Christopher Gay was convicted of possession with intent to distribute cocaine, possession with intent to distribute marijuana, felony possession of marijuana, possession of a firearm during the commission of a crime and possession of a firearm by a convicted felon. He enumerates six errors on appeal.
This case arose after a MARTA supervisor observed Gay crossing a street near the Five Points station with a pistol butt protruding from one half to three quarters of an inch from the pocket of his shorts. Police officers responding to the supervisor's call for assistance approached Gay While they patted him down, Gay attempted to flee. An officer quickly tackled Gay and handcuffed him. As the officer pulled Gay from the ground, he noticed a bag under Gay which contained 43 small bags of marijuana, one medium sized bag of marijuana, 20 rocks of crack cocaine of an estimated value of $15 to $20 each, and $1,132.64. Held:
1. Gay contends that the trial court violated his right to a fair trial by refusing to allow defense counsel to comment during closing on the State's failure to produce one of the arresting officers, Sergeant Durham. He relies on Morgan v. State, 267 Ga. 203
, 204 (2) (476 SE2d 747
) (1996), which held that both defendants and the State are entitled to comment in closing argument about the opposing side's failure to produce certain witnesses. Morgan, which overruled Wilson v. Zant, 249 Ga. 373
, 384-385 (4) (290 SE2d 442
) (1982), on that ground, was decided several months after Gay's trial.
Although Morgan has retroactive application, it does not require reversal here because Gay failed to show harm from this error. Smith v. State, 268 Ga. 860
, 862 (2) (494 SE2d 322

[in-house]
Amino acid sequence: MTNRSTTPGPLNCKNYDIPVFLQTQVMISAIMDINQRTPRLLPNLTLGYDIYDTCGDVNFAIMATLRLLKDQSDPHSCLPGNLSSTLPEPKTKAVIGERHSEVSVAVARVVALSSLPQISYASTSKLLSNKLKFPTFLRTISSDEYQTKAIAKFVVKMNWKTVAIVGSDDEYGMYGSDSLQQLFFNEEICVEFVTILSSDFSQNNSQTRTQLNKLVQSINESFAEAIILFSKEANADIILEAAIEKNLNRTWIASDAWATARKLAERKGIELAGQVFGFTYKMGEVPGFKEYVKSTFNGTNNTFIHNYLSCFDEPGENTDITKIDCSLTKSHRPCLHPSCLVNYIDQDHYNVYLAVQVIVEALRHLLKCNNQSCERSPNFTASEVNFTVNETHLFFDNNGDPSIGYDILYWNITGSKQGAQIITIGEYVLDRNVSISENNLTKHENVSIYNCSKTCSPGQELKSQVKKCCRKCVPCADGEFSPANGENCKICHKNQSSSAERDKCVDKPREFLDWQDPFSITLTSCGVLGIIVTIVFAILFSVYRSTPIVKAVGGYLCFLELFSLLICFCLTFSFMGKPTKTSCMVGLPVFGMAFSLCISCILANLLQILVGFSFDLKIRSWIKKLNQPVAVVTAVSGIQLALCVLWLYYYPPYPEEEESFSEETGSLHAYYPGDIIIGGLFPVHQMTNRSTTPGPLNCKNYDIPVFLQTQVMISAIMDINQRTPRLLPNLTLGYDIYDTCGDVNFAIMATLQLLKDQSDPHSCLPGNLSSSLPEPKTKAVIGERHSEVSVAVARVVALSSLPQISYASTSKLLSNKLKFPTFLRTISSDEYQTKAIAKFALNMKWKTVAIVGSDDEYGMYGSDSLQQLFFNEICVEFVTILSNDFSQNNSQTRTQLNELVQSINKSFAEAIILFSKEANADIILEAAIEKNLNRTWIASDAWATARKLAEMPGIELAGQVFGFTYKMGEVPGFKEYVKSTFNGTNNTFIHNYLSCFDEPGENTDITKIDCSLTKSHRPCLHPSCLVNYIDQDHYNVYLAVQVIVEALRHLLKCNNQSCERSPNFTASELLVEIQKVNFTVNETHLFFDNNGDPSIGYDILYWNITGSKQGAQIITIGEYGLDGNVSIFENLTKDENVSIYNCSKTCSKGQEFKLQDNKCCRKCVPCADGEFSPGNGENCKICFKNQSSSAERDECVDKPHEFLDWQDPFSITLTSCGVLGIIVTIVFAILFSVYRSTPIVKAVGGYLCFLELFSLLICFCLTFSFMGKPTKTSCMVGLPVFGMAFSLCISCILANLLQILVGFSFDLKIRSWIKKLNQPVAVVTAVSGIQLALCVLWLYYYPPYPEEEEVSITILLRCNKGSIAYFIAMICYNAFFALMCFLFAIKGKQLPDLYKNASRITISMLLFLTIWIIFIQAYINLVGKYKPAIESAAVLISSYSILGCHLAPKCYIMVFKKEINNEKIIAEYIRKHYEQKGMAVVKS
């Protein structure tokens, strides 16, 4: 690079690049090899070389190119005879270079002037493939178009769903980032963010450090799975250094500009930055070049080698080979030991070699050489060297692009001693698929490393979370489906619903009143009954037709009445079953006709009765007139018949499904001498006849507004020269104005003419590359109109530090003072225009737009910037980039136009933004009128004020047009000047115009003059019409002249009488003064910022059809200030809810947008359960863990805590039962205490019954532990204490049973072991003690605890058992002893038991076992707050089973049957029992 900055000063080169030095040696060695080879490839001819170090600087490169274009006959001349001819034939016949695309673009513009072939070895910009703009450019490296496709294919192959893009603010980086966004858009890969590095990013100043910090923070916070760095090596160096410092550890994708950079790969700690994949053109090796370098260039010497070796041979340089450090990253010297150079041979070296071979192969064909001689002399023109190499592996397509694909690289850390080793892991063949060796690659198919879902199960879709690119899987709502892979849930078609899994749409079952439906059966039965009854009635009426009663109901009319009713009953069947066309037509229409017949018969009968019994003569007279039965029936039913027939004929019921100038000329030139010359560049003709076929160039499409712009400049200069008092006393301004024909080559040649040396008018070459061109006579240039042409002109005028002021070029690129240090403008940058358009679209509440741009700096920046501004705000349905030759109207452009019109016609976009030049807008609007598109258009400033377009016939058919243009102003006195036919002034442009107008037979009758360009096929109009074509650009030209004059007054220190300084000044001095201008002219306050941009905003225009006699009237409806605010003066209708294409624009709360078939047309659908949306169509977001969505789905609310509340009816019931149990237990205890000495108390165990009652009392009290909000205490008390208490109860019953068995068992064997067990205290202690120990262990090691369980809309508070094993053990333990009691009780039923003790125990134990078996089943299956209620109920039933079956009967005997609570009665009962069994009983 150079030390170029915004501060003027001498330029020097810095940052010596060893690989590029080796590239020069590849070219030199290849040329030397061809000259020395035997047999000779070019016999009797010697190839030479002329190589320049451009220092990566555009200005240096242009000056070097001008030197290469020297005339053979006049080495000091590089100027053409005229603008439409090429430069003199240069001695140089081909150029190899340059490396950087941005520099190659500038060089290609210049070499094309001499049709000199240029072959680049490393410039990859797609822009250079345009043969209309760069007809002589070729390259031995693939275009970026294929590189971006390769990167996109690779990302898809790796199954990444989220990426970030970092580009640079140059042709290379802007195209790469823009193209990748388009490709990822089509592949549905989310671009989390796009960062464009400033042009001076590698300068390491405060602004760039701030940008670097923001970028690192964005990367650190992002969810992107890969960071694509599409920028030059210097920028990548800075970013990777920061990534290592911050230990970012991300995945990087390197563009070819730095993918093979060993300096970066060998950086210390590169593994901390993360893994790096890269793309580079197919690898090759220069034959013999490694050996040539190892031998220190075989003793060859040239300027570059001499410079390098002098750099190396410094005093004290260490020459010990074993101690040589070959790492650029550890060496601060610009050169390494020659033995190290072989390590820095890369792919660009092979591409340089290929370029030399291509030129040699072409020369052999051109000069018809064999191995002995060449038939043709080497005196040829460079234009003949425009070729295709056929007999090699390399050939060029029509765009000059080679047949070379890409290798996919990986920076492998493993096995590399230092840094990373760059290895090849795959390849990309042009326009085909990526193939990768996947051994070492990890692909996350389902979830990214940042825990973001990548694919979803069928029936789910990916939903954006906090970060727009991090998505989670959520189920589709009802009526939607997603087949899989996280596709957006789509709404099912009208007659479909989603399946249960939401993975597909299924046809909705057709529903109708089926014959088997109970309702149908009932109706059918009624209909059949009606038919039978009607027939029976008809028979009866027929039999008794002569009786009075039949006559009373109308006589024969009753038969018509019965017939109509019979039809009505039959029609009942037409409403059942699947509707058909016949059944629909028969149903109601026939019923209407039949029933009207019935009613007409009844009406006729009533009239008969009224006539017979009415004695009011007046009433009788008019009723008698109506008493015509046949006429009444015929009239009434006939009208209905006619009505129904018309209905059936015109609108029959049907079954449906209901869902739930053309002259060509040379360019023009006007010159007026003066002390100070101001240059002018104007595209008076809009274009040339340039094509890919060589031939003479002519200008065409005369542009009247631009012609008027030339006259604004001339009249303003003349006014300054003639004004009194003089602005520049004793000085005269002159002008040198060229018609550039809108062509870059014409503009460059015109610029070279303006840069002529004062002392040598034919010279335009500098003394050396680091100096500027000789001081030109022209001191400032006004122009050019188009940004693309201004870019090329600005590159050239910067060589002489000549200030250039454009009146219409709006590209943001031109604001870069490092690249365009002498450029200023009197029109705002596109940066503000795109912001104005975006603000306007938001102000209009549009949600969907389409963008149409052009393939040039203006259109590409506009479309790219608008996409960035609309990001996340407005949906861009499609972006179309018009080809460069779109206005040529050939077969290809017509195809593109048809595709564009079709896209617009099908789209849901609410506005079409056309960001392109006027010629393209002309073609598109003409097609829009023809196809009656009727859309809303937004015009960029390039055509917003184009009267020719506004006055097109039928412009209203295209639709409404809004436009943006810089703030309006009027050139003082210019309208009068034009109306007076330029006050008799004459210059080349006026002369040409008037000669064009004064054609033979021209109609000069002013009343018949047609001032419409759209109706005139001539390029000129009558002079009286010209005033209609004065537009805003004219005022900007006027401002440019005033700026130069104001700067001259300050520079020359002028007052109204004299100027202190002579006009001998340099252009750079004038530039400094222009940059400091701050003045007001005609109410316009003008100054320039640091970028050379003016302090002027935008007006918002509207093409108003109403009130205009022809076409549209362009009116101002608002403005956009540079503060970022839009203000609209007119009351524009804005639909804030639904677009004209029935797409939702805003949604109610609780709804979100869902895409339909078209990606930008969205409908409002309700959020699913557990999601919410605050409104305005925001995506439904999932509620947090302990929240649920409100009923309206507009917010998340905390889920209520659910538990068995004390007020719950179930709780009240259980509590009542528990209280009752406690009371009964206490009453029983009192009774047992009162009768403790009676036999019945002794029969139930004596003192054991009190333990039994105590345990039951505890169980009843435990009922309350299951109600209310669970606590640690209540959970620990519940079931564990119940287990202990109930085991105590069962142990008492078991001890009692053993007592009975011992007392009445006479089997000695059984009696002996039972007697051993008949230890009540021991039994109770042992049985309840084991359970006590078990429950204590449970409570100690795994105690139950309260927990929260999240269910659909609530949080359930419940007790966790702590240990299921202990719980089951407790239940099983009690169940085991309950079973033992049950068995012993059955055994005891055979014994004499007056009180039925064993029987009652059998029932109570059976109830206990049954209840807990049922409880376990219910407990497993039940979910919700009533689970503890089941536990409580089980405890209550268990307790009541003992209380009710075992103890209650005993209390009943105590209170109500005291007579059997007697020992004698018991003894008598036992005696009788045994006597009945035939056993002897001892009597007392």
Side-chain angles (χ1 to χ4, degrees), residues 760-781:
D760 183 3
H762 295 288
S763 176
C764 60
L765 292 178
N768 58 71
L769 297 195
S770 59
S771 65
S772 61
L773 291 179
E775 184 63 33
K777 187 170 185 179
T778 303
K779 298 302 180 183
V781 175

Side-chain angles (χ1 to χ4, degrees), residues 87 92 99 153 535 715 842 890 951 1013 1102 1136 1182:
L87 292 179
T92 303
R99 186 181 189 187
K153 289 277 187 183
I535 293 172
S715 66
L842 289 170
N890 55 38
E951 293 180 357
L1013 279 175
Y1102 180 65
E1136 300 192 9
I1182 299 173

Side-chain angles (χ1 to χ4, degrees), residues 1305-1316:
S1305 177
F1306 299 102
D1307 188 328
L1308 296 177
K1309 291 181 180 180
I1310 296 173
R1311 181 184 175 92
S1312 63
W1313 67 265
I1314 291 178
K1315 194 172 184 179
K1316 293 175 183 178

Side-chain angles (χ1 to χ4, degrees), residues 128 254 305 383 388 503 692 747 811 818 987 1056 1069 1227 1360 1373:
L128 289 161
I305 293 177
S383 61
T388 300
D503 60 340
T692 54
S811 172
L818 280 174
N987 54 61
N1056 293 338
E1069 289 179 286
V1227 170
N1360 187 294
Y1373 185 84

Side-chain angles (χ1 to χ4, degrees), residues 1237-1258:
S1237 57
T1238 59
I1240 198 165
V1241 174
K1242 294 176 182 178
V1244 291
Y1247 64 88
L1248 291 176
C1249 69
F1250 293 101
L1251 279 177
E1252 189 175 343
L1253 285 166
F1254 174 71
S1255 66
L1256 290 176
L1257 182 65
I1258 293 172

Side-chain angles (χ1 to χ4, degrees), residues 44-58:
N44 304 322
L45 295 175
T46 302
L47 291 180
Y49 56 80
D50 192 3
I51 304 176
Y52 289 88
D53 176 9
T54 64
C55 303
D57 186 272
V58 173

) (1998). Given the testimony of the other witnesses to Gay's arrest, it is highly unlikely that Gay's inability to comment on the State's failure to produce the officer would have affected the outcome of this trial. Id.
2. The trial court did not err in denying Gay's motion to suppress evidence of his arrest. The record clearly refutes Gay's contention that an unreliable, anonymous tipster provided the information which led to his arrest. The MARTA supervisor, formerly a police officer, radioed MARTA police after noticing the pistol's butt peaking from Gay's shorts. Goodman v. State, 210 Ga. App. 369
, 370 (436 SE2d 85
) (1993) (in Terry context, an informant's reliability is irrelevant).
This information provided reasonable suspicion that Gay was carrying a concealed weapon sufficient to justify a Terry stop. Terry v. Ohio, 392 U. S. 1 (88 SC 1868, 20 LE2d 889) (1968); State v. McFarland, 201 Ga. App. 495
, 496 (411 SE2d 314
) (1991) ("[A] founded suspicion is all that is necessary, some basis from which the court can determine that the detention was not arbitrary or harassing."). Although Georgia law does not prohibit carrying a pistol in a pants pocket with the butt exposed, the record here shows that the gun was not sufficiently visible to allow others to see that he was armed and dangerous. Moody v. State, 184 Ga. App. 768
, 769 (1) (362 SE2d 499
) (1987); Goss v. State, 165 Ga. App. 448
, 449 (1) (301 SE2d 662
) (1983). The record shows that the MARTA supervisor prided himself on his abilities to observe people and that less than an inch of the butt was visible. Compare Goss, 165 Ga. App. at 448 (weapon not concealed when its handle plainly protruded from pocket); McCroy v. State, 155 Ga. App. 777
, 778 (2) (272 SE2d 747
) (1980) (pistol with butt end "sticking out" of pocket not concealed). Neither a bus driver to whom the supervisor initially communicated his observation nor the arresting officer saw the gun. See Gainer v. State, 175 Ga. App. 759
, 760 (334 SE2d 385
) (1985) (pistol bulging in pocket concealed).
Notwithstanding Gay's assertion to the contrary, the State's response to the motion to suppress was not grounded on hearsay The arresting officer, who was "two or three steps behind" the nontestifying Sergeant Durham, stated he and Durham stopped Gay for a pat-down for weapons based on the supervisor's report of a suspected weapon. In these circumstances, we cannot say the Terry stop was improper.